November 13, 2009

The Fear And Panic of Not Having Enough

Look out folks, Extreme Shopping Season (E.S.S.) is about to begin. Black Friday refers to the first Friday after Thanksgiving, and marks the beginning of the retail Christmas season. The term also has origins in that many businesses will begin to turn a profit around this time, and thus are in the black. With all the advertising pumping us up, it is hard not to feel excited. Or is that fear and panic I feel?

Retailers use this time of year to launch major sales, often using deep discounts to lure in shoppers with money to burn, or at least credit cards to melt. Stores often open early, and encourage consumers to line up hours before to build anticipation (fear and panic). Frequently, people are hurt. Occasionally, people are smothered in a chaotic stuffalanche of consumers, shopping lists, and merchandise.

Last year during the E.S.S. event there were both injuries and deaths at retail centers as a result of frantic shoppers lusting for cheaper things. A WallMart greeter in New York was crushed to death when a mob of shoppers broke through the glass doors before the store's scheduled opening at 5:00 am. A pregnant woman in the same incident was injured. Many more minor injuries occur every year while shoppers struggle over rapidly diminishing stacks of popular toys or gadgets of the moment.

Consumer psychologist, Professor Joe Priester of the University of Southern California, commenting on the situation said, "I think it ties into a sort of fear and panic of not having enough."

Enough what? And when do we have enough of whatever it is? When can we stop?

Most of the shopping done during the next few months will be for things no one needs. Things that will break down on cue thanks to planned obsolescence. Things that will generate enormous waste. Things that will create social and environmental harm. But, the corporate world has convinced us that their products will soothe our basic feelings of fear and panic of not having enough, and please don't think about the consequences. Cash or credit?

To help increase your security further, advertisers have infiltrated your favorite social networking sites. They want to make sure you have enough of whatever they sell.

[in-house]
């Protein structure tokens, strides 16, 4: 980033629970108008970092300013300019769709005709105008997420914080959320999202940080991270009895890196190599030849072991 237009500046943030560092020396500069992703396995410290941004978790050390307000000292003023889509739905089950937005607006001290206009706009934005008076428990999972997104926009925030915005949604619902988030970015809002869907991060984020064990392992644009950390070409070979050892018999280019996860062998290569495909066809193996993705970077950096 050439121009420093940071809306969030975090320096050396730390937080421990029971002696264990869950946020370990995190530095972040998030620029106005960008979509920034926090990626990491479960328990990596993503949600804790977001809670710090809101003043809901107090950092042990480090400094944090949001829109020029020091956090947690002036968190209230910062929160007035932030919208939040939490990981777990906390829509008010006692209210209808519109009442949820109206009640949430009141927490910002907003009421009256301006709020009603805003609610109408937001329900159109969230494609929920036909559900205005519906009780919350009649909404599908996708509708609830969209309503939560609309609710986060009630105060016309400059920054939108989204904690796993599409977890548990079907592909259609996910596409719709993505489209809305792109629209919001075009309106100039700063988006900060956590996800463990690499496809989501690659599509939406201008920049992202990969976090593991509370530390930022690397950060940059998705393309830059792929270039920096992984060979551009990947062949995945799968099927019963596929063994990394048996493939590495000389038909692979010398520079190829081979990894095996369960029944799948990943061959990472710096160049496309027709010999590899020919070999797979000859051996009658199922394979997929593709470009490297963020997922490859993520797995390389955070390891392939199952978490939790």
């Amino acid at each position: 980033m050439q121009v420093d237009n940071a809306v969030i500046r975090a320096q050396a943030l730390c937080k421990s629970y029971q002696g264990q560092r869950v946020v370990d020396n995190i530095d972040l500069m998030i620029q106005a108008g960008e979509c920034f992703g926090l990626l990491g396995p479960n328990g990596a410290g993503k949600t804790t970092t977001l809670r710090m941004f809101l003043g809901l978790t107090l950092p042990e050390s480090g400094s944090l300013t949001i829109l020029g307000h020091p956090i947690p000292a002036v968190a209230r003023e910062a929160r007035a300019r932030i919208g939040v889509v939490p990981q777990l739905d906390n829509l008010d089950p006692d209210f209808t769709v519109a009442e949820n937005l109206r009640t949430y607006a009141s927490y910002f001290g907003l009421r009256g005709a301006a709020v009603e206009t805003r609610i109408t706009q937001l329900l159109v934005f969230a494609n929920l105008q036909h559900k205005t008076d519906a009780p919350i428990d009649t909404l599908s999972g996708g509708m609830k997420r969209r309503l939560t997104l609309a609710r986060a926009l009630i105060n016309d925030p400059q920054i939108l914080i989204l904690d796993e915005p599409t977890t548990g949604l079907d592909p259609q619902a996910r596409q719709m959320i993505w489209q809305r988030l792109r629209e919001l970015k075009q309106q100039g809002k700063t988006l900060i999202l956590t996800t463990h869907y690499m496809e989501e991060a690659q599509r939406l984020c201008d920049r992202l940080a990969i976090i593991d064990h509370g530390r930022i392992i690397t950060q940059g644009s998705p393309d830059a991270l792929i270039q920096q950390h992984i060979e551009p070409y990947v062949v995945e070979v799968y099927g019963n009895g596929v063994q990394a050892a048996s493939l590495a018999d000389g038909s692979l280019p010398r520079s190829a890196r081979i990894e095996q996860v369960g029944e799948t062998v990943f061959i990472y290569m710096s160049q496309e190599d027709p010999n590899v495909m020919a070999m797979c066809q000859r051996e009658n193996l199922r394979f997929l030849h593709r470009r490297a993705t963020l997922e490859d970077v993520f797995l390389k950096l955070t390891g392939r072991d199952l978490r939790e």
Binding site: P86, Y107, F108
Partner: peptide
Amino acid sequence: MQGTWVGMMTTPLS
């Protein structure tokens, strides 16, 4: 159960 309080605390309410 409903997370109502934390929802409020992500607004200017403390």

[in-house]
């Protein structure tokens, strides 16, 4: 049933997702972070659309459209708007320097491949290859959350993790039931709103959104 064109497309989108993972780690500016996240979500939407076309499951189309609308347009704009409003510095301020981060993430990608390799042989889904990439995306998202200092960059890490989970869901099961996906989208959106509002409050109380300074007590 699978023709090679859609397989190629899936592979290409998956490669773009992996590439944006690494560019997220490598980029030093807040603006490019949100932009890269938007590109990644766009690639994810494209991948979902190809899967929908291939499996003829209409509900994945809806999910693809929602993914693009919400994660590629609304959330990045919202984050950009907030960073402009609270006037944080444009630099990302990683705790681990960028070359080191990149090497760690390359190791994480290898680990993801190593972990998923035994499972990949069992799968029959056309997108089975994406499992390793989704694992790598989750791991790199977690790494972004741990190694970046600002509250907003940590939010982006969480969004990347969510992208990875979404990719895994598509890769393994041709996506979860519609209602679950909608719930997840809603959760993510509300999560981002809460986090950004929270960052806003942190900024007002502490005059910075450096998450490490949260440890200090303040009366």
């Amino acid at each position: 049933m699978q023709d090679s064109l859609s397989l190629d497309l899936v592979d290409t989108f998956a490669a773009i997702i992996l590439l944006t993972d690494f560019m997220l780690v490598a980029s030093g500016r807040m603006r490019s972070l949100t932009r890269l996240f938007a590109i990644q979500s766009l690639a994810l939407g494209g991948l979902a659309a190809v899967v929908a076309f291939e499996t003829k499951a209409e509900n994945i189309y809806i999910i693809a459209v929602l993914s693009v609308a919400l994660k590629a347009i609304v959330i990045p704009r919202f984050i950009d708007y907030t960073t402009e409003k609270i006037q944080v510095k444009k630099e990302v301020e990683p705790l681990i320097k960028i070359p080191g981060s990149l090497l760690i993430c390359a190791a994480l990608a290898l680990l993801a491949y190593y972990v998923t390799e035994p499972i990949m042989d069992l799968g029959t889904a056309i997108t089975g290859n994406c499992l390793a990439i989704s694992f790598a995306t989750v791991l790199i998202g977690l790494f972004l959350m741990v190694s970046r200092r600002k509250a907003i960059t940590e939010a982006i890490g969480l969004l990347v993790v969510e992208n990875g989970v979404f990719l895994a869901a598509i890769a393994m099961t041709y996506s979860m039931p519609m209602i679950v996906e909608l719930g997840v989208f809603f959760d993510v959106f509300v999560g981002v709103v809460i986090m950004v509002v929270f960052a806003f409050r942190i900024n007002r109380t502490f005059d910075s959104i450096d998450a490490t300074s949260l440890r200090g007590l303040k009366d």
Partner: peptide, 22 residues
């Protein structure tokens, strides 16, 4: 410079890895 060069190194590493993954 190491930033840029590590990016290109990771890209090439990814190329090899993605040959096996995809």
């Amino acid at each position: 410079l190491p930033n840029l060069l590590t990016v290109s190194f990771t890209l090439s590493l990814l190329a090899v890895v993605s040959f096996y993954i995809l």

Dan de Grandpre, editor-in-chief of, said retailers are smart to use social networking sites because shoppers probably will stick around as followers of the company even after the sale.

"Twitter and Facebook are now major ways to disseminate information," Grandpre said.

One in five shoppers plans to use the sites in their holiday shopping this season, according to Deloitte Research.

And the fun won't end Nov. 27, traditionally seen as the day that the holiday shopping season launches.

After that, an iPhone application from that now tracks Black Friday deals, for instance, will show sales for the following Monday, now known as Cyber Monday because it's the first weekday after the Thanksgiving weekend and many consumers shop from their desks that day.

I guess I will have to finally give in and join Facebook so I can follow some companies, get in on the fun, and save money on their distractions, and distractions from distraction. On the other hand, with recent economic events perhaps now is a good time to re-evaluate the whole consume-or-die way of life that has pushed us to the brink and made 1% of our population disgustingly rich, while over 1 billion of our human family goes to bed hungry every night.

I look forward to "Buy Nothing Day" on November 27, 2009, although here at Not Buying Anything we try to make every day a buy nothing day. I am prepared to miss the "fun" of fear and panic. I am not afraid. I have enough.

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